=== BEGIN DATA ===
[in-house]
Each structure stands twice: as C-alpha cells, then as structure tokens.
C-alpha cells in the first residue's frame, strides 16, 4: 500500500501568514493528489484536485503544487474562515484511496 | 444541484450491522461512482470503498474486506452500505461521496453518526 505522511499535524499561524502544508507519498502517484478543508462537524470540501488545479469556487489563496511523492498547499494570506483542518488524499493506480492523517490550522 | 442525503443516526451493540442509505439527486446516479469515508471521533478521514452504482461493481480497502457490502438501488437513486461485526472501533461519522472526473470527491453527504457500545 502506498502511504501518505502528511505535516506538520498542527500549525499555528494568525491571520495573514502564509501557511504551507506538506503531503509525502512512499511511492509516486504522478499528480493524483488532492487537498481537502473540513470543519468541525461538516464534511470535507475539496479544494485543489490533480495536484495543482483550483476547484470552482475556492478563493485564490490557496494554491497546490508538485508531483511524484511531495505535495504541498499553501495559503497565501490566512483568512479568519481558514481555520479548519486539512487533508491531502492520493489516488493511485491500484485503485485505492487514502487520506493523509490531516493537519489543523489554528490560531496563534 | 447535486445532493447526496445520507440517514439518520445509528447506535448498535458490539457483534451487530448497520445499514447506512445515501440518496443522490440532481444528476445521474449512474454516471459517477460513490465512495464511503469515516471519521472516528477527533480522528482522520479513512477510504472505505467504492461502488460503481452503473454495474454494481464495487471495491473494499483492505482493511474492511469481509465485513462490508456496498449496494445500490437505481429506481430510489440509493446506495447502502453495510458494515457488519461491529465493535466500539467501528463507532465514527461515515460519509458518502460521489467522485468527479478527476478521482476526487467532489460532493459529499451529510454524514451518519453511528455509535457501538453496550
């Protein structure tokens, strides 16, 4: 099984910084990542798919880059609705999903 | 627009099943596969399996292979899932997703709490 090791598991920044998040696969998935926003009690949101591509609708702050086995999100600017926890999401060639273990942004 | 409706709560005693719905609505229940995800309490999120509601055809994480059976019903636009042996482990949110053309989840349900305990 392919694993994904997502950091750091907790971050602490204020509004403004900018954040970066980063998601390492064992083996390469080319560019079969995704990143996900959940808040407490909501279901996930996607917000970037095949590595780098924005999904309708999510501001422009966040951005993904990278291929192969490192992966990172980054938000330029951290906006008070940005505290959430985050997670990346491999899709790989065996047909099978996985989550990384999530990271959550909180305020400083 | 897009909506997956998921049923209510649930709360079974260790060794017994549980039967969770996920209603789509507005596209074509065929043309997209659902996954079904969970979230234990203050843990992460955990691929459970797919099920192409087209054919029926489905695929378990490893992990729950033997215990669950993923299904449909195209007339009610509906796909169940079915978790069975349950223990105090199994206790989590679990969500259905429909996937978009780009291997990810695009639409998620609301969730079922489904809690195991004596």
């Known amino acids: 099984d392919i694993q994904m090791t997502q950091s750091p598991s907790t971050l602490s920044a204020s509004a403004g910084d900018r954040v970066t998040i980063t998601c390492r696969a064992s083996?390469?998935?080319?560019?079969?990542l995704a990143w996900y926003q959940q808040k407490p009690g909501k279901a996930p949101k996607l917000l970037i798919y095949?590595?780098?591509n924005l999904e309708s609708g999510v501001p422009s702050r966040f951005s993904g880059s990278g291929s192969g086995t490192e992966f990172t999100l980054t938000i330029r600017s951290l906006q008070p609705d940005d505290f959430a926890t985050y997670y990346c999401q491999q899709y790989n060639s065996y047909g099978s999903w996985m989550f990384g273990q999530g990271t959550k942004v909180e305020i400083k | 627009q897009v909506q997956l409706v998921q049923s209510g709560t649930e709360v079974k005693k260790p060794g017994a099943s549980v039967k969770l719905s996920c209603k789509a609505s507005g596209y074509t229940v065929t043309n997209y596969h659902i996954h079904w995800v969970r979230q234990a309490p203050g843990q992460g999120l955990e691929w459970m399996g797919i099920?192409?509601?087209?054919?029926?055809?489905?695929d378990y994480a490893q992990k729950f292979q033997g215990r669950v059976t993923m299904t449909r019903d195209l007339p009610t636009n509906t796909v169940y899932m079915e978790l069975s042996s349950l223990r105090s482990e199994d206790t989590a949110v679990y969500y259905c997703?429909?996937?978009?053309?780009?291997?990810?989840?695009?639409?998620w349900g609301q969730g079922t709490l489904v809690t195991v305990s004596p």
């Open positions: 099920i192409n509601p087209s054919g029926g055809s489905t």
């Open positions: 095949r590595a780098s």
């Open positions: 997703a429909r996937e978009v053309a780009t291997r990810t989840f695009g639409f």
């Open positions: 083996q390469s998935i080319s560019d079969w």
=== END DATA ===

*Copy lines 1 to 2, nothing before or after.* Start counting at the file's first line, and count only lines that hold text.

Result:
[in-house]
Each structure stands twice: as C-alpha cells, then as structure tokens.